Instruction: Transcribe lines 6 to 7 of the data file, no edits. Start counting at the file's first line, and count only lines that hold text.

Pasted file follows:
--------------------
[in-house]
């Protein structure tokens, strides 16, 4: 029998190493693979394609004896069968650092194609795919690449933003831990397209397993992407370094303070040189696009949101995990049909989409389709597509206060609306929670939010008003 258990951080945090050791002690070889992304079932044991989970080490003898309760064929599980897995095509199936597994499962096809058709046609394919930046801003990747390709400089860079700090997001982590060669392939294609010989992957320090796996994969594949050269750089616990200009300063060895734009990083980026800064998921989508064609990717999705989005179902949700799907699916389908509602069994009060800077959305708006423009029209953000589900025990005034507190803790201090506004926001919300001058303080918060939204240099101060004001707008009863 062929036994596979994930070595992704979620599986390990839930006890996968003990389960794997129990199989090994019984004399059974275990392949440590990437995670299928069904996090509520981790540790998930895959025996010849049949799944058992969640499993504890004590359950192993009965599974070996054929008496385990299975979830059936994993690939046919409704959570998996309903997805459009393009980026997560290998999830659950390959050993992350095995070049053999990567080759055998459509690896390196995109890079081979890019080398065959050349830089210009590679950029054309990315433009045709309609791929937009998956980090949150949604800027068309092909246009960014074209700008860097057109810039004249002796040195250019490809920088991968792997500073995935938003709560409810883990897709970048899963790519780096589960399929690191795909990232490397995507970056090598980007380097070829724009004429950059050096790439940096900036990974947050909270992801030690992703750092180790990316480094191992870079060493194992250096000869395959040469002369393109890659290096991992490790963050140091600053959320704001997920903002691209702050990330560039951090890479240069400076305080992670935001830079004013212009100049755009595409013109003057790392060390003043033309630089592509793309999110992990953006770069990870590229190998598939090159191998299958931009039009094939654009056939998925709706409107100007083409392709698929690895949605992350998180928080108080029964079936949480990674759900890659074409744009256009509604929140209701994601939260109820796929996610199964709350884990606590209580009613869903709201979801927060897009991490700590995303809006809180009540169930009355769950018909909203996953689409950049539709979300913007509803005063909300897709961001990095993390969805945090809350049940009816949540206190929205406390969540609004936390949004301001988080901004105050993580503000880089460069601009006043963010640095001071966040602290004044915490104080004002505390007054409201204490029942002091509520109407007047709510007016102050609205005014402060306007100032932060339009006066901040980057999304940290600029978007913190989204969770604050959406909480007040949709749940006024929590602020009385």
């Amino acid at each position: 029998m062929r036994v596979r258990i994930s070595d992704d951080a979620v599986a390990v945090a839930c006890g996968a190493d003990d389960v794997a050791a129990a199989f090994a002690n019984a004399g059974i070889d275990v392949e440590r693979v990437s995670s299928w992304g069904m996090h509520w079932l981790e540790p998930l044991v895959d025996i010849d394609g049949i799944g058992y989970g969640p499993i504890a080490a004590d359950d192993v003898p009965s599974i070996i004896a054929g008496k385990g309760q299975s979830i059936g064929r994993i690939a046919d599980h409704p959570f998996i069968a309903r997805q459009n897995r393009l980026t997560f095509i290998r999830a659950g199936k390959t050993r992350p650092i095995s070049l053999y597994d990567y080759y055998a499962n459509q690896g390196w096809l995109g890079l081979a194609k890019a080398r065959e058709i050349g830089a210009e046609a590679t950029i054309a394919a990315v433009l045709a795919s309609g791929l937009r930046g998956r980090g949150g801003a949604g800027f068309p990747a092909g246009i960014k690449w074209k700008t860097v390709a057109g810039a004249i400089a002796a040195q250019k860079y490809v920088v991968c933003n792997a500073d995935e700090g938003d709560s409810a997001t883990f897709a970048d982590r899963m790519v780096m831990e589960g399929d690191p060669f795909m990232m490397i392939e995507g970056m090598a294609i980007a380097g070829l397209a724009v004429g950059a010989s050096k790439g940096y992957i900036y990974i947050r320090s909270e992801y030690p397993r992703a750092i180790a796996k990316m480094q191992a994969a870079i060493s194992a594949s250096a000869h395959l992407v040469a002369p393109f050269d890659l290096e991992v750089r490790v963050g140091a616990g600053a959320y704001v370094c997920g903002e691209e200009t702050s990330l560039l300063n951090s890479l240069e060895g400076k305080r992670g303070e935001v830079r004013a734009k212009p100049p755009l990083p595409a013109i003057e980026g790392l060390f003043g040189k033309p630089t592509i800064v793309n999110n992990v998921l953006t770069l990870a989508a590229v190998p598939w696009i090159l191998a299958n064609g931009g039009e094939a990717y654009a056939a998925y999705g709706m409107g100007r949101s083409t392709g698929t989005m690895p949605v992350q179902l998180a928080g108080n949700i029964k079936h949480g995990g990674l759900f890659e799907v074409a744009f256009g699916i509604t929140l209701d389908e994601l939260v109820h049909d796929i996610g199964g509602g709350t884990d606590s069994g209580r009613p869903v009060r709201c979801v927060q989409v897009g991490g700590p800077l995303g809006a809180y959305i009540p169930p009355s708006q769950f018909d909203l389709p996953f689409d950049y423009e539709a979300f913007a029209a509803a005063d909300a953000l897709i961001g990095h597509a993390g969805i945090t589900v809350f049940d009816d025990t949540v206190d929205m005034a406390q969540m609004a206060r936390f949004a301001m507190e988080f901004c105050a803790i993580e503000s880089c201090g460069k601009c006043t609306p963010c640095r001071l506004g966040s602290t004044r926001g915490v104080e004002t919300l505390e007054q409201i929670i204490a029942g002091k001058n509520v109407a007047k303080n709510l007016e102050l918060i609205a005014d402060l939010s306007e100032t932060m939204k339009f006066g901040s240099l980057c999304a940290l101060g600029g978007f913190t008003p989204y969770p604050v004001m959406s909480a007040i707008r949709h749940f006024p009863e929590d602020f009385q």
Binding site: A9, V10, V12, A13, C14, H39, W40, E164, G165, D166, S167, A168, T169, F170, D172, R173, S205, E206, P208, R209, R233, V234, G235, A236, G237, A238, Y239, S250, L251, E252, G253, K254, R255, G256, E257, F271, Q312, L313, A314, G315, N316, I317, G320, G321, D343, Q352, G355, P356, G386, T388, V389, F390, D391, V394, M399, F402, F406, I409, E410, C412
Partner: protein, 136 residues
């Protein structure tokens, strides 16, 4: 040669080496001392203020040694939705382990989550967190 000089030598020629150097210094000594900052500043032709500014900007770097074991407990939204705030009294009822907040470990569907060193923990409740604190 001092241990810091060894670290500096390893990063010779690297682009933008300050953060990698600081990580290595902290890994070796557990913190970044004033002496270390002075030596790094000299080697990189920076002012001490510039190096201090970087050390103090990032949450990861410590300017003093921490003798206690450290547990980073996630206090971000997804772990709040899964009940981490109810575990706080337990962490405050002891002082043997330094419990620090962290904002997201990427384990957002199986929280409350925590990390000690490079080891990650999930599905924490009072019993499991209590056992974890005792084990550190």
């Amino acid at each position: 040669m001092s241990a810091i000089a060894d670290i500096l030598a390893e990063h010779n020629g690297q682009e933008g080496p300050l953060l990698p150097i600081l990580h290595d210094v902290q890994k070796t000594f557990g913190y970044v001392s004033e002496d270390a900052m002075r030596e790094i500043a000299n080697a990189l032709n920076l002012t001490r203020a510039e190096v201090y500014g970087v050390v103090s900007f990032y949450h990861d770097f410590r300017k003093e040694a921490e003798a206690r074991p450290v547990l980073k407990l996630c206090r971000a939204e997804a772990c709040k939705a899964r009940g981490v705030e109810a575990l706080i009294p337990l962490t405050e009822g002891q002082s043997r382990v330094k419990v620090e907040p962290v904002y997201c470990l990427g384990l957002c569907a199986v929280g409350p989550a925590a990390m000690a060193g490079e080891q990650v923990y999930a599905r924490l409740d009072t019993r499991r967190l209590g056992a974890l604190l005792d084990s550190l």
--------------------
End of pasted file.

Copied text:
């Protein structure tokens, strides 16, 4: 040669080496001392203020040694939705382990989550967190 000089030598020629150097210094000594900052500043032709500014900007770097074991407990939204705030009294009822907040470990569907060193923990409740604190 001092241990810091060894670290500096390893990063010779690297682009933008300050953060990698600081990580290595902290890994070796557990913190970044004033002496270390002075030596790094000299080697990189920076002012001490510039190096201090970087050390103090990032949450990861410590300017003093921490003798206690450290547990980073996630206090971000997804772990709040899964009940981490109810575990706080337990962490405050002891002082043997330094419990620090962290904002997201990427384990957002199986929280409350925590990390000690490079080891990650999930599905924490009072019993499991209590056992974890005792084990550190």
């Amino acid at each position: 040669m001092s241990a810091i000089a060894d670290i500096l030598a390893e990063h010779n020629g690297q682009e933008g080496p300050l953060l990698p150097i600081l990580h290595d210094v902290q890994k070796t000594f557990g913190y970044v001392s004033e002496d270390a900052m002075r030596e790094i500043a000299n080697a990189l032709n920076l002012t001490r203020a510039e190096v201090y500014g970087v050390v103090s900007f990032y949450h990861d770097f410590r300017k003093e040694a921490e003798a206690r074991p450290v547990l980073k407990l996630c206090r971000a939204e997804a772990c709040k939705a899964r009940g981490v705030e109810a575990l706080i009294p337990l962490t405050e009822g002891q002082s043997r382990v330094k419990v620090e907040p962290v904002y997201c470990l990427g384990l957002c569907a199986v929280g409350p989550a925590a990390m000690a060193g490079e080891q990650v923990y999930a599905r924490l409740d009072t019993r499991r967190l209590g056992a974890l604190l005792d084990s550190l």